The GPIO core is used to create functions in a system that are not implemented with dedicated controllers, and require simple input and/or output software-controlled signals.
The number of general-purpose I/O signals is user selectable ranging from 1 to 32. For more I/O signals, several GPIO cores can be used in parallel. Each GPIO signal can be programmed individually as an input, an input in interrupt mode, an output, a bi-directional I/O, or as driven by an auxiliary input. GPIO signals programmed as inputs can be registered at the rising edge of the system clock or at a user-programmed edge of the external clock.
The GPIO core is rigorously verified, silicon-proven and available in RTL source or as a targeted FPGA netlist.
- User selectable number of GPIO signals from 1 to 32
- All GPIO signals can be bi-directional (external bi-directional I/O cells are required in that case)
- All GPIO signals can be tri-stated or open-drain enabled (external tri-state or open-drain I/O cells are required in that case)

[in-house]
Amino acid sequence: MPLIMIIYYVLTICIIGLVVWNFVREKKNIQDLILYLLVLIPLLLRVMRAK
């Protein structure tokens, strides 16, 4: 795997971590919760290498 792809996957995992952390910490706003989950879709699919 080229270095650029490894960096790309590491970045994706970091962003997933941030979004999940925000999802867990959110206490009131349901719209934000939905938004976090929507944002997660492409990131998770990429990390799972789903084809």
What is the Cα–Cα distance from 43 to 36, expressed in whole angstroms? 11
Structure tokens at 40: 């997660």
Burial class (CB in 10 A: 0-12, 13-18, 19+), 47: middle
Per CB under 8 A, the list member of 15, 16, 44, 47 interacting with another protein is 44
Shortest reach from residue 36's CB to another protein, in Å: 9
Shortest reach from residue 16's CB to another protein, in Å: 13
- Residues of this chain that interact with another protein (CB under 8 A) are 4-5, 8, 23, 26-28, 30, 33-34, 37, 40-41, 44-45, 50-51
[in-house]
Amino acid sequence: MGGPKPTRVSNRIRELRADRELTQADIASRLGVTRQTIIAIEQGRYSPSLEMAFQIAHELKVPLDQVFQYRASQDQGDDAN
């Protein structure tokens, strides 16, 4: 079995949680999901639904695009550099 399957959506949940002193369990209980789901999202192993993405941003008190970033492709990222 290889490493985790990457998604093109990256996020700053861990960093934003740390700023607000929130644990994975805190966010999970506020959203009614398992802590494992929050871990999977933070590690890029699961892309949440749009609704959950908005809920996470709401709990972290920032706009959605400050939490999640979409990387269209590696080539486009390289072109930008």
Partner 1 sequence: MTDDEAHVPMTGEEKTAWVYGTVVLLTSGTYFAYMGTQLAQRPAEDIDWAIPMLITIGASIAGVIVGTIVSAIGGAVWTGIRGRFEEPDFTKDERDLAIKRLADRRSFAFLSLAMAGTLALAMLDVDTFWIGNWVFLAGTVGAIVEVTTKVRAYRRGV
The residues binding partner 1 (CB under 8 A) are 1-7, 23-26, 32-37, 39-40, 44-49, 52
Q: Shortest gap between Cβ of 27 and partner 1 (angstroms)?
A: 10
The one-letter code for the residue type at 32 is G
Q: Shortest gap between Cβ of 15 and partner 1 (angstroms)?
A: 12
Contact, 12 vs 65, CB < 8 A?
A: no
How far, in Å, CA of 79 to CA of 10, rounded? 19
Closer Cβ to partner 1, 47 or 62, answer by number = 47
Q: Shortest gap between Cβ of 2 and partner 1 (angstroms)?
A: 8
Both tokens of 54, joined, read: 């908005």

- GPIO signals programmed as in-puts can cause an interrupt request to the CPU
- All GPIO signals are programmed as inputs at hardware reset
- Auxiliary inputs to the GPIO core bypass outputs from RGPIO_OUT register
- Alternative input reference clock signal from external interface
- 32-bit AHB interface (contact CAST for other interfaces)
- Extremely configurable (implementation of registers, external clock inverted versus negative edge flip-flops etc.)
- Synthesizable RTL or FPGA netlist
- Testbench & sample test cases
- Simulation & synthesis scripts
- The GPIO core can be used in a wide range of applications where simple I/O control is needed.
Block Diagram of the General-Purpose I/O Controller Core